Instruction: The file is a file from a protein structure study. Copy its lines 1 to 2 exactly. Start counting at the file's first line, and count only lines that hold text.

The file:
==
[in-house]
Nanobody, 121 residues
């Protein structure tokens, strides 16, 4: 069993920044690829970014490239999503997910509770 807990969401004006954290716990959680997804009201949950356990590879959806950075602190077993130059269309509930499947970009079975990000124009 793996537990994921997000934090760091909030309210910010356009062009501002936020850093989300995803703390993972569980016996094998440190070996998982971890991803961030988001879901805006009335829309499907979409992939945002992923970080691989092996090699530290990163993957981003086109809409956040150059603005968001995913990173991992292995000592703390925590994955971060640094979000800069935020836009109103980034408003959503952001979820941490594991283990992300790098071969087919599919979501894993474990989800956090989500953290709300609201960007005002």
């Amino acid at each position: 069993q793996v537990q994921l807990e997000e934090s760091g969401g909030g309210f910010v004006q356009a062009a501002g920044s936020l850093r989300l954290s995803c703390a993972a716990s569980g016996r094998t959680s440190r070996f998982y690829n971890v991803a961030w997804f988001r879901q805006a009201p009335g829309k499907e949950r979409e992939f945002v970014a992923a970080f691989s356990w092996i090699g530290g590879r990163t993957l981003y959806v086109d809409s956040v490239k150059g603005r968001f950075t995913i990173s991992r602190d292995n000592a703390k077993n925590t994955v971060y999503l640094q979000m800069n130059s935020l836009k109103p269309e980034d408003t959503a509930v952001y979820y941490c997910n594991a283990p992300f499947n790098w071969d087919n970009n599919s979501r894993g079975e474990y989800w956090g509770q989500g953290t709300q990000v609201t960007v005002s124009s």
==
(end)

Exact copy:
[in-house]
Nanobody, 121 residues